She felt him enter the room. It was strange, but after so many years of looking out for him without looking at him, she had developed some other sense that always let her know where he was in a room. She supposed it was that the sound of his footfalls was distinct, but it was reflexive. At the moment, she found it easier than breathing.
And so she knew the exact moment when he spotted her, and realized her predicament. Two beats of her heart later, he spoke. "Release her, Bradley. This is between you and I."
"I think she'll stay where she is for now," he said amicably, but with that undercurrent of steel that let you know he was a man to be reckoned with. They were both within the line of her vision now. The Führer's practiced ease had the grace of a hunting cat. Riza let her eyes meet the colonel's, so he could see that she was still alive and alert. She knew she would see his anguish, which he needed to hide, but there was little she could do.
Still, she did not speak. She wanted to wait for the opportune moment, because she knew that once she spoke to him, they would silence her. She would only get one chance, so she must not waste it. She knew he was analyzing her elaborate cage, trying to see the best way to spring her from it. She wondered if he had his gloves…or if he could dare to use them when the homunculus with lightning reflexes stood by with a sword.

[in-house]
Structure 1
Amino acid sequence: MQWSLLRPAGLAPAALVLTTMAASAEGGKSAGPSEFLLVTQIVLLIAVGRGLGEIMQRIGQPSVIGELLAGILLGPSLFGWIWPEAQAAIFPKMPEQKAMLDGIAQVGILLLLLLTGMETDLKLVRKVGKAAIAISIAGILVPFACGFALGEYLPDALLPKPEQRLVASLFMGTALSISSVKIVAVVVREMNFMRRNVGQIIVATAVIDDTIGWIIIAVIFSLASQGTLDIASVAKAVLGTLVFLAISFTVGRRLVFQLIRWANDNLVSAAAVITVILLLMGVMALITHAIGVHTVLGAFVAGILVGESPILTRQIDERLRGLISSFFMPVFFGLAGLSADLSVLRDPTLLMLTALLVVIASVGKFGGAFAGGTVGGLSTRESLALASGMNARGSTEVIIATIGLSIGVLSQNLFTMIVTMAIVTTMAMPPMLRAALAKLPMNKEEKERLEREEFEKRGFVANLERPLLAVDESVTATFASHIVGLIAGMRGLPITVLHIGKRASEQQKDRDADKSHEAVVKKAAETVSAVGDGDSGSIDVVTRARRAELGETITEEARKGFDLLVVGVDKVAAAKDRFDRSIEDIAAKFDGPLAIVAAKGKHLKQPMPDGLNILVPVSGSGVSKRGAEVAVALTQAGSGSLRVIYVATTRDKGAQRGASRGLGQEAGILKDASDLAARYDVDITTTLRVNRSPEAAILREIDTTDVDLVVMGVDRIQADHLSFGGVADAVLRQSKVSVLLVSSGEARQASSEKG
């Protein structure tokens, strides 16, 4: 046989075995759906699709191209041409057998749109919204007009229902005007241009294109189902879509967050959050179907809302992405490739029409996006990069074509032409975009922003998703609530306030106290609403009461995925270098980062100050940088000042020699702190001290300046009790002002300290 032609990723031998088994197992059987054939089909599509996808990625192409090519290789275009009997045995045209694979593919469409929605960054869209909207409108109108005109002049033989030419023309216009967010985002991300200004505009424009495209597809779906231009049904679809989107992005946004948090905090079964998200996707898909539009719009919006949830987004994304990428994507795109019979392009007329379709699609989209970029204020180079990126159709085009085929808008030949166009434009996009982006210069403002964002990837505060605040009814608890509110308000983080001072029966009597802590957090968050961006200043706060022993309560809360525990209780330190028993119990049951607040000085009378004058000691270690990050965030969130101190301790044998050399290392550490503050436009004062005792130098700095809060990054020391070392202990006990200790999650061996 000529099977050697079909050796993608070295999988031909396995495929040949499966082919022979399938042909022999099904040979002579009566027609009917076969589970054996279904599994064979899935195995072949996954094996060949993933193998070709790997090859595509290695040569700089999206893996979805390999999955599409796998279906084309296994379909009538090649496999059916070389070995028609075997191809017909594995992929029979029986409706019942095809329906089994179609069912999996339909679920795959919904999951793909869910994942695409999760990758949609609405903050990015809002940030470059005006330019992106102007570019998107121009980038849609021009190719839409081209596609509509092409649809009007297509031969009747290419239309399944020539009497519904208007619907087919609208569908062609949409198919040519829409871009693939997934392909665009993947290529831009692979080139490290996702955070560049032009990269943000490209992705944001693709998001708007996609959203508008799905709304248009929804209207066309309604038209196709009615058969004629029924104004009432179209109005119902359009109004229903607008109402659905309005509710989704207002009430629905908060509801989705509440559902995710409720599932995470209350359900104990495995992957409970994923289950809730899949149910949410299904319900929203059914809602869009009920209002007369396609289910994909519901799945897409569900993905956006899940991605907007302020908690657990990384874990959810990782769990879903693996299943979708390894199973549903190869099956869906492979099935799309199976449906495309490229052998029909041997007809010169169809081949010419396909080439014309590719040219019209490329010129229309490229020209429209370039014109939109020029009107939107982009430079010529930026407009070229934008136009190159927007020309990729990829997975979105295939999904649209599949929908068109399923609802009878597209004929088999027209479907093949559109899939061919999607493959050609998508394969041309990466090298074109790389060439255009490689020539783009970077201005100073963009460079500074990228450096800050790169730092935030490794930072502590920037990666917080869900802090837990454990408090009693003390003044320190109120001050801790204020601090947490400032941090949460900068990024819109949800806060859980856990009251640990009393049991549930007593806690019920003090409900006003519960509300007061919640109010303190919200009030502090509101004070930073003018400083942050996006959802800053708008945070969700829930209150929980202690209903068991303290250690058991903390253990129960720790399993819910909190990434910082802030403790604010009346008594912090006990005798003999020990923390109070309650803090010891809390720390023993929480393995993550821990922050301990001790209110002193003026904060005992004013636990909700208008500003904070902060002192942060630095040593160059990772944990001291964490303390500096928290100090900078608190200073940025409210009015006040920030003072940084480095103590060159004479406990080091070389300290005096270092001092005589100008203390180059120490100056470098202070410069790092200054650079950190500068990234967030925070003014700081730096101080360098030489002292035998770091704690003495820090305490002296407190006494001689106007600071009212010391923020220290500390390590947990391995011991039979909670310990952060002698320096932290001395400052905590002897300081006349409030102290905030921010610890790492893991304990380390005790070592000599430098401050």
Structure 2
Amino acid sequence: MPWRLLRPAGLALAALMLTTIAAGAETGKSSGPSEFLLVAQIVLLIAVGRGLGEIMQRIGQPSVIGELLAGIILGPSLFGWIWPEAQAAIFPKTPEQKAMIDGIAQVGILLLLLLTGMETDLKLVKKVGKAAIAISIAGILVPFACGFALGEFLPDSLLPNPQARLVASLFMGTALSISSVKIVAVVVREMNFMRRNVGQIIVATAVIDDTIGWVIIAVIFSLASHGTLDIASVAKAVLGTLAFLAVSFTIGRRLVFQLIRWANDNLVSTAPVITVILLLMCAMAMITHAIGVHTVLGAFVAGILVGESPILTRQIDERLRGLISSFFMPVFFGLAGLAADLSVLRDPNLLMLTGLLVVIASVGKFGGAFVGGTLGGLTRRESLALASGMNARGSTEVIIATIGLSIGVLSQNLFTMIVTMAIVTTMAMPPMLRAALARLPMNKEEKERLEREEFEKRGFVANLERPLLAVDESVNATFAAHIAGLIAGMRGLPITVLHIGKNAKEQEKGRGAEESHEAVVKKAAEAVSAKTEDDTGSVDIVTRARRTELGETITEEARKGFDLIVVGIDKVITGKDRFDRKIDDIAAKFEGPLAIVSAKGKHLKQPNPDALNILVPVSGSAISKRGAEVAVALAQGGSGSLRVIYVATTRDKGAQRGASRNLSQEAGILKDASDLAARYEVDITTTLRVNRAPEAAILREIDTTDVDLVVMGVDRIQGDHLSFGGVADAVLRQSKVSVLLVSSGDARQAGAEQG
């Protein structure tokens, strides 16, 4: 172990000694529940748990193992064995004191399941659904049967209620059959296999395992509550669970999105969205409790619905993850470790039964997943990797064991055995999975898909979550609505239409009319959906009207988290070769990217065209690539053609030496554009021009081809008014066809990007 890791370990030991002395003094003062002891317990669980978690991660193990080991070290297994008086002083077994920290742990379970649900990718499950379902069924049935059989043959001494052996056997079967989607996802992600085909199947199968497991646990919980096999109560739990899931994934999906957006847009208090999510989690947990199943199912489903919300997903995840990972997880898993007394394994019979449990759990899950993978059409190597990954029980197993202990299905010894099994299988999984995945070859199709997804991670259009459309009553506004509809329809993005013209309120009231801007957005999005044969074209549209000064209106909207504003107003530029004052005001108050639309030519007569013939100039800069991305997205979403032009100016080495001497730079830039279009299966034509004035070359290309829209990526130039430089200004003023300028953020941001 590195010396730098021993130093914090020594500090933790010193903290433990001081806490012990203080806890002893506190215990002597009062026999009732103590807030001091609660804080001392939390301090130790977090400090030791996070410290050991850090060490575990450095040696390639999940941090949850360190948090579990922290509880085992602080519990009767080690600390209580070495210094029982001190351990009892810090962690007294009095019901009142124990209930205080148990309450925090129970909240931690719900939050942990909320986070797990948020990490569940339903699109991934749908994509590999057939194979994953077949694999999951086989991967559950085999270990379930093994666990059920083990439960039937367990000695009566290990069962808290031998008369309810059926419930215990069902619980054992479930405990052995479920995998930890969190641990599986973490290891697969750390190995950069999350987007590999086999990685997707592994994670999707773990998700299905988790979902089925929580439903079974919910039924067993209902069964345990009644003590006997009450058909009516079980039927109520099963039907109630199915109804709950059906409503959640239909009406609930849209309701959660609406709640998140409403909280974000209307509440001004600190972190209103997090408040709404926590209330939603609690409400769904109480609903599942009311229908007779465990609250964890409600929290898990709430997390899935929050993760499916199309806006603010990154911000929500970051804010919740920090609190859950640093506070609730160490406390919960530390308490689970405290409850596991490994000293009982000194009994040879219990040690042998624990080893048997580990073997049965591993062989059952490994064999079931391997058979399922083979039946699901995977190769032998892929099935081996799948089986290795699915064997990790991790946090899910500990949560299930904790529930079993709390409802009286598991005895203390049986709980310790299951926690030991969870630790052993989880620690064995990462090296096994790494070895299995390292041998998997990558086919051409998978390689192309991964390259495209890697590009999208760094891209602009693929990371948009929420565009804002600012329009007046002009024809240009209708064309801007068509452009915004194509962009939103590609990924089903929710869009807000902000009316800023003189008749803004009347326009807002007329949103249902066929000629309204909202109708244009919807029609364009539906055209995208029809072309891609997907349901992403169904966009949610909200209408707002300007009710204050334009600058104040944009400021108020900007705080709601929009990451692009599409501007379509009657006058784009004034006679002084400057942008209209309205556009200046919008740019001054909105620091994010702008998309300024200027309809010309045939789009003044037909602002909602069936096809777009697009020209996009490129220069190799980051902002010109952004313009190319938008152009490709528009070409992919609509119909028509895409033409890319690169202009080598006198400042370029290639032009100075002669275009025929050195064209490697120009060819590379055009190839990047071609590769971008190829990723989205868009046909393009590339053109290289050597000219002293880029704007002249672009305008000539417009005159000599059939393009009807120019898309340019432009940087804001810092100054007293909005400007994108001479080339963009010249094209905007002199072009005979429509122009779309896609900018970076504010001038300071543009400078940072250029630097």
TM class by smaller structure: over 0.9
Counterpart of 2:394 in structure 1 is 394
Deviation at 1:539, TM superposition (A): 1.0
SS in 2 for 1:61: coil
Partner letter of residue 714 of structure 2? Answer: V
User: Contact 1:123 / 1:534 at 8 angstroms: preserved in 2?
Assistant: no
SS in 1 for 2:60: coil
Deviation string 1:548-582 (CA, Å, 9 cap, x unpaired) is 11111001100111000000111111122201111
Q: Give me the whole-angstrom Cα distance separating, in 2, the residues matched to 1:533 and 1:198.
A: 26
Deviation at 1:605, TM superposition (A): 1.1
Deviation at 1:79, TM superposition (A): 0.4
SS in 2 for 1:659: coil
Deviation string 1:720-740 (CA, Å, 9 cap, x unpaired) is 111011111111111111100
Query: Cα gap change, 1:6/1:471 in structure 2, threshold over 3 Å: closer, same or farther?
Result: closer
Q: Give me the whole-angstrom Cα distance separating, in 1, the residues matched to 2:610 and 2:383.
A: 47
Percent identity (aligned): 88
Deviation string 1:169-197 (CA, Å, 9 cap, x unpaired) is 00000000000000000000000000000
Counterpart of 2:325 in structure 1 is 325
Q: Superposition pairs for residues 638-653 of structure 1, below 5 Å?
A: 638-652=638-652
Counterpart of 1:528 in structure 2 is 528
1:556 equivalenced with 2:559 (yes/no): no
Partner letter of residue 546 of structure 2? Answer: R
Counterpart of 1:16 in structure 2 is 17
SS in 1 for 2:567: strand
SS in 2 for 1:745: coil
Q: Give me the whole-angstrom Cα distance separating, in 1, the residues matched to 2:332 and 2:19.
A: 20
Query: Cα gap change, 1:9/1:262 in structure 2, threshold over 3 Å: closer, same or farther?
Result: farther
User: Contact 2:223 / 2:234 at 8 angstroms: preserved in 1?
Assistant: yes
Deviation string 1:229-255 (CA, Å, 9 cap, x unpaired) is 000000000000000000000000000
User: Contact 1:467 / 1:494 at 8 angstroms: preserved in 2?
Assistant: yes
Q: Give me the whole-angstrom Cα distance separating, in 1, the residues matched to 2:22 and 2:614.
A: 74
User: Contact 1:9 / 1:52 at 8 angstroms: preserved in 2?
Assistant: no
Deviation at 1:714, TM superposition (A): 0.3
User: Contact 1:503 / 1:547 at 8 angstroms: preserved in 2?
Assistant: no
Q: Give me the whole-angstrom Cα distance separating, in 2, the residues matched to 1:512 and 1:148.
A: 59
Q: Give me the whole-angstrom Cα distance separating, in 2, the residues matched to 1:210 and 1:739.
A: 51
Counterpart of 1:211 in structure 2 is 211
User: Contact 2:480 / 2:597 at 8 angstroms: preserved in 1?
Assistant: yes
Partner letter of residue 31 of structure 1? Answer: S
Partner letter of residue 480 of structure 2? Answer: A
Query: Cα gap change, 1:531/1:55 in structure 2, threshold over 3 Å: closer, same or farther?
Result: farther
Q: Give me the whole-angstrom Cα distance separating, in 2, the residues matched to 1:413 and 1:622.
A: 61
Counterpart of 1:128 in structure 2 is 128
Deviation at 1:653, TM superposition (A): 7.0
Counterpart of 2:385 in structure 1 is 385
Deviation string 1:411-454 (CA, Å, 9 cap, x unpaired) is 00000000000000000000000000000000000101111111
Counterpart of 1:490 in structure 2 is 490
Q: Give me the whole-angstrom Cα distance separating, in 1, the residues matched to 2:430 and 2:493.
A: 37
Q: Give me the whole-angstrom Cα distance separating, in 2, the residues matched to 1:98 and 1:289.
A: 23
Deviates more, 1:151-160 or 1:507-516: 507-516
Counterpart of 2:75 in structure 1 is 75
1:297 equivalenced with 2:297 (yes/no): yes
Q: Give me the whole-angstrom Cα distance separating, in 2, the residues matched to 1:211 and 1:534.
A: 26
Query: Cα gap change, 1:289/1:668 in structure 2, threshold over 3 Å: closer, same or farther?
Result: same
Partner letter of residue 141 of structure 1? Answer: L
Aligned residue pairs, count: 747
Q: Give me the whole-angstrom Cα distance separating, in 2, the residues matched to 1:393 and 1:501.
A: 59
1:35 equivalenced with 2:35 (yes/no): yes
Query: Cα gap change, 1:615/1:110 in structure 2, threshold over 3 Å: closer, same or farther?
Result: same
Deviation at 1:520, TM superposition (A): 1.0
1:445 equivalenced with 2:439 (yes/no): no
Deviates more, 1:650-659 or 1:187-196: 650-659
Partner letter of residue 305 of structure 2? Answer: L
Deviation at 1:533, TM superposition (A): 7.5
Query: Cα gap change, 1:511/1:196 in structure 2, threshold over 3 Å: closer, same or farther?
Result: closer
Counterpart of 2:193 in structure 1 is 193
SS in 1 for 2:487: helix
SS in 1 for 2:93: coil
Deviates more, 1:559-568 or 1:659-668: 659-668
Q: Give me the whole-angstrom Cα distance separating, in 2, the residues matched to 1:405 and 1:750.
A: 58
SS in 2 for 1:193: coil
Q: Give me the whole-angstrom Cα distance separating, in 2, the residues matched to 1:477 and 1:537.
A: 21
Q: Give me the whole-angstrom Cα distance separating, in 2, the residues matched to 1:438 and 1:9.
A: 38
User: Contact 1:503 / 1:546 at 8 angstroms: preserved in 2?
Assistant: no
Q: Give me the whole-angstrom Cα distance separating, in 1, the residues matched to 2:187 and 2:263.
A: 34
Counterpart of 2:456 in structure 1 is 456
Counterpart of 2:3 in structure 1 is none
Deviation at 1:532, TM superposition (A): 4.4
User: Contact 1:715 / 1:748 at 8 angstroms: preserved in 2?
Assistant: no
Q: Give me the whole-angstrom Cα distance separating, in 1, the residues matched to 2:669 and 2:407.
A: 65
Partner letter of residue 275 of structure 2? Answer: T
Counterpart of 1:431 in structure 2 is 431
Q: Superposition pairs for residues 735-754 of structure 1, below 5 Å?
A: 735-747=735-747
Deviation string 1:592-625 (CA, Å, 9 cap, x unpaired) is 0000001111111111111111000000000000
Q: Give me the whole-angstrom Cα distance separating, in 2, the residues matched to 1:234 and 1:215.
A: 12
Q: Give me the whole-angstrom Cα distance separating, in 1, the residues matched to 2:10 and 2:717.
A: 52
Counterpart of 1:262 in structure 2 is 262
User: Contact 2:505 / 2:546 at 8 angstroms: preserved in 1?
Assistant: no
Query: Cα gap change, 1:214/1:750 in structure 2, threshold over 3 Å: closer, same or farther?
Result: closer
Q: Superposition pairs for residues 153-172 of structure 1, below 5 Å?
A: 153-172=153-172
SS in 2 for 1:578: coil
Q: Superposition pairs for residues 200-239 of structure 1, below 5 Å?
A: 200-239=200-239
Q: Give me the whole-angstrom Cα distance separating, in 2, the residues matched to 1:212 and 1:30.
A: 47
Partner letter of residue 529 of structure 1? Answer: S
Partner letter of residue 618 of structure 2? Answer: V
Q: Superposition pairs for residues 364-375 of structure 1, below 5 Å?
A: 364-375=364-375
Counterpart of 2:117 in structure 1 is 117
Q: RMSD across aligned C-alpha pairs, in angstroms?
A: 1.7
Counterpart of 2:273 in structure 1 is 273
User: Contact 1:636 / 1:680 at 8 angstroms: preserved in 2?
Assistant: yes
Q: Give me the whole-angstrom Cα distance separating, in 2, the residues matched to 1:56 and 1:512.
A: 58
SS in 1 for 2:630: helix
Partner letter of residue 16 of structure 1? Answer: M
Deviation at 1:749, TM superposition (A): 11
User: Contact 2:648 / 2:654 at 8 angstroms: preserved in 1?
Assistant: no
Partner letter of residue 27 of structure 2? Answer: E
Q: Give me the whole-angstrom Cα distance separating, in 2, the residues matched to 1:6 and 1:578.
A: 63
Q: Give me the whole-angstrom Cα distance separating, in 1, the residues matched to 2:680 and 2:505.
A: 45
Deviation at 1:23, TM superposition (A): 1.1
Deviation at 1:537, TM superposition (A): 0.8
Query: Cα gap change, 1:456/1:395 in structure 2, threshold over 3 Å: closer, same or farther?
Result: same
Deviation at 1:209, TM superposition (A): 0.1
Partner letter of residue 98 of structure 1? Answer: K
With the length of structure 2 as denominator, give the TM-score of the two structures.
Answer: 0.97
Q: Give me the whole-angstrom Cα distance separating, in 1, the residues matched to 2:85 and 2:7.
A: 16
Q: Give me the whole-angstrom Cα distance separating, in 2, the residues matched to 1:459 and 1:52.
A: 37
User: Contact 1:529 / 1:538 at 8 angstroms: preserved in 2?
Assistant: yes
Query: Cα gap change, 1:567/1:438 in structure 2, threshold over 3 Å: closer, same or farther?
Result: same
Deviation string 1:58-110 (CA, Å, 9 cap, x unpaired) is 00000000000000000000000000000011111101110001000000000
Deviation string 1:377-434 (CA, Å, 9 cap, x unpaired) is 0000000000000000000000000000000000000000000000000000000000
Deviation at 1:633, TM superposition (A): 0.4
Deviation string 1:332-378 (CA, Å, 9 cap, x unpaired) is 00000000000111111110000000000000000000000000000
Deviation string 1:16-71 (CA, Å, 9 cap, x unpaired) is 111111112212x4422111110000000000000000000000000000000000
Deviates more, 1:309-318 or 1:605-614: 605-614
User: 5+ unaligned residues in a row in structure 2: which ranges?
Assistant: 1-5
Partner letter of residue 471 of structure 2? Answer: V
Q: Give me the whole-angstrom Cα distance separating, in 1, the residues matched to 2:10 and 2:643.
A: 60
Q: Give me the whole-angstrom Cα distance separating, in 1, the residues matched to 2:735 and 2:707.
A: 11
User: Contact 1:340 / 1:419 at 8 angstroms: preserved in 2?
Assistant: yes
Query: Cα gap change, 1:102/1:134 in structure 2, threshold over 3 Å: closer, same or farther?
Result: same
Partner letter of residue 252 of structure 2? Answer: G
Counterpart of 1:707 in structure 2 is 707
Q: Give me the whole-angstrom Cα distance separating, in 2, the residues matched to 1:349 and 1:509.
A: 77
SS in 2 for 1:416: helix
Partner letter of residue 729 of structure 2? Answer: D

Roy Mustang had defeated Lust. Nothing was impossible for him. She clung to that thought, and listened to the men.
"It's simple, Mustang. You're an alchemist; you activate the array," Greed explained nonchalantly. He gestured at the large array on the floor, and suddenly Riza understood why she was in the midst of a cleared area. They weren't worried about her escaping. They didn't want anything to interfere with their precious alchemy.
"What does it do?" the colonel asked, as if it were a simple proposition.
"Who cares?" said Greed. "If you don't, we kill her."
"I do not think you understand the first lieutenant," he answered, but he directed that statement at the Führer. "You'll have to tell me what it does first."
"You know perfectly well. You've seen this before."
He studied what he could see of it, but his face gave nothing away, not even to Riza who had known him for so long. If he had seen the array in the past, she could see no flicker of recognition from him.
"Come now, I thought you were the ones who discovered the Elric boys. Surely you saw the circle they drew? And you've been to our labs. Or were you distracted at the time?"
"Why should I activate an array like that? I would have to pay a terrible price."
"Of course. That's why we've given you an added incentive, human sacrifice." Wrath walked over towards the lever, and Riza realized her time was up.
"I will kill you if you obey them," she said abruptly, looking straight into his eyes. "Do not compromise…" she gasped out, "…to save me."
Bradley threw the lever, and the gear turned two notches.